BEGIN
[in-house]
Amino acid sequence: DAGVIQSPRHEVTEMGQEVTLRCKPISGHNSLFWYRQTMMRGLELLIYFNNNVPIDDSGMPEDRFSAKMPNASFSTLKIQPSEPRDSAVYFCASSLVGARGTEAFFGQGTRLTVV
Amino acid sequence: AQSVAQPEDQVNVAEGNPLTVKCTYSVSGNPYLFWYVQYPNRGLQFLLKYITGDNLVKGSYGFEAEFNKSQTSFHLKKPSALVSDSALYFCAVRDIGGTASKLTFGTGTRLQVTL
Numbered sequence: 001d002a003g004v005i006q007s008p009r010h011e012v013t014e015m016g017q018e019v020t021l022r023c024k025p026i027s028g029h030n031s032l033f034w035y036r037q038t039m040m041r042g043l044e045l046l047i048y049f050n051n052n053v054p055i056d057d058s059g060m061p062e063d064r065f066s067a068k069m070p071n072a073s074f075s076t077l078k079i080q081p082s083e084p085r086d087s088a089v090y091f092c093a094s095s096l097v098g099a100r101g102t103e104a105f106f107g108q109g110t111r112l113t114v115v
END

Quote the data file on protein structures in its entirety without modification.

[in-house]
Amino acid sequence: DAGVIQSPRHEVTEMGQEVTLRCKPISGHNSLFWYRQTMMRGLELLIYFNNNVPIDDSGMPEDRFSAKMPNASFSTLKIQPSEPRDSAVYFCASSLVGARGTEAFFGQGTRLTVV
Amino acid sequence: AQSVAQPEDQVNVAEGNPLTVKCTYSVSGNPYLFWYVQYPNRGLQFLLKYITGDNLVKGSYGFEAEFNKSQTSFHLKKPSALVSDSALYFCAVRDIGGTASKLTFGTGTRLQVTL
Numbered sequence: 001d002a003g004v005i006q007s008p009r010h011e012v013t014e015m016g017q018e019v020t021l022r023c024k025p026i027s028g029h030n031s032l033f034w035y036r037q038t039m040m041r042g043l044e045l046l047i048y049f050n051n052n053v054p055i056d057d058s059g060m061p062e063d064r065f066s067a068k069m070p071n072a073s074f075s076t077l078k079i080q081p082s083e084p085r086d087s088a089v090y091f092c093a094s095s096l097v098g099a100r101g102t103e104a105f106f107g108q109g110t111r112l113t114v115v